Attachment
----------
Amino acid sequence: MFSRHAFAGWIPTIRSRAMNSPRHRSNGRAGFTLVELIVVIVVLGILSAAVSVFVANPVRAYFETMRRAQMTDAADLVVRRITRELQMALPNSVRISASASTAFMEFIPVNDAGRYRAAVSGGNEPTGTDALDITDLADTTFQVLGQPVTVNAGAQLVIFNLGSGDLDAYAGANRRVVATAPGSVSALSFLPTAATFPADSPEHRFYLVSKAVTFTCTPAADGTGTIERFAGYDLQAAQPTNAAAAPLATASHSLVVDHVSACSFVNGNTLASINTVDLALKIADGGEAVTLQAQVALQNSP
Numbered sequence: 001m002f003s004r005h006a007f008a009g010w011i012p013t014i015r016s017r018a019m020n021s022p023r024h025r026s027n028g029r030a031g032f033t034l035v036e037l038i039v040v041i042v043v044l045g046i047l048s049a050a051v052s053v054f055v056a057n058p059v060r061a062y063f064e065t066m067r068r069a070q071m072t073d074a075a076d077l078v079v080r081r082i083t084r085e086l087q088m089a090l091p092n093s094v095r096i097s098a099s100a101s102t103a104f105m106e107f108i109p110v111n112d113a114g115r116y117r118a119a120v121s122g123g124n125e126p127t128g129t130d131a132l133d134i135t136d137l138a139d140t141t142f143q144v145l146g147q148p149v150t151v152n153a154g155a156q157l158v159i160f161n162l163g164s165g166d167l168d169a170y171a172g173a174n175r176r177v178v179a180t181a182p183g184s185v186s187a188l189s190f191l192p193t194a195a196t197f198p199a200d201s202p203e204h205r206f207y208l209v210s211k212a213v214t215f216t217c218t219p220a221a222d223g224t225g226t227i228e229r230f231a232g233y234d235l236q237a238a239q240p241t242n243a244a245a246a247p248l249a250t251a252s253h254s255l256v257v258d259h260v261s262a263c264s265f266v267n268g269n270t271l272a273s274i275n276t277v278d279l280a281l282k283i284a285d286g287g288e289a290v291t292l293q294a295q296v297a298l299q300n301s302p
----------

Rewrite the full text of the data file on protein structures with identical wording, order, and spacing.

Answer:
Amino acid sequence: MFSRHAFAGWIPTIRSRAMNSPRHRSNGRAGFTLVELIVVIVVLGILSAAVSVFVANPVRAYFETMRRAQMTDAADLVVRRITRELQMALPNSVRISASASTAFMEFIPVNDAGRYRAAVSGGNEPTGTDALDITDLADTTFQVLGQPVTVNAGAQLVIFNLGSGDLDAYAGANRRVVATAPGSVSALSFLPTAATFPADSPEHRFYLVSKAVTFTCTPAADGTGTIERFAGYDLQAAQPTNAAAAPLATASHSLVVDHVSACSFVNGNTLASINTVDLALKIADGGEAVTLQAQVALQNSP
Numbered sequence: 001m002f003s004r005h006a007f008a009g010w011i012p013t014i015r016s017r018a019m020n021s022p023r024h025r026s027n028g029r030a031g032f033t034l035v036e037l038i039v040v041i042v043v044l045g046i047l048s049a050a051v052s053v054f055v056a057n058p059v060r061a062y063f064e065t066m067r068r069a070q071m072t073d074a075a076d077l078v079v080r081r082i083t084r085e086l087q088m089a090l091p092n093s094v095r096i097s098a099s100a101s102t103a104f105m106e107f108i109p110v111n112d113a114g115r116y117r118a119a120v121s122g123g124n125e126p127t128g129t130d131a132l133d134i135t136d137l138a139d140t141t142f143q144v145l146g147q148p149v150t151v152n153a154g155a156q157l158v159i160f161n162l163g164s165g166d167l168d169a170y171a172g173a174n175r176r177v178v179a180t181a182p183g184s185v186s187a188l189s190f191l192p193t194a195a196t197f198p199a200d201s202p203e204h205r206f207y208l209v210s211k212a213v214t215f216t217c218t219p220a221a222d223g224t225g226t227i228e229r230f231a232g233y234d235l236q237a238a239q240p241t242n243a244a245a246a247p248l249a250t251a252s253h254s255l256v257v258d259h260v261s262a263c264s265f266v267n268g269n270t271l272a273s274i275n276t277v278d279l280a281l282k283i284a285d286g287g288e289a290v291t292l293q294a295q296v297a298l299q300n301s302p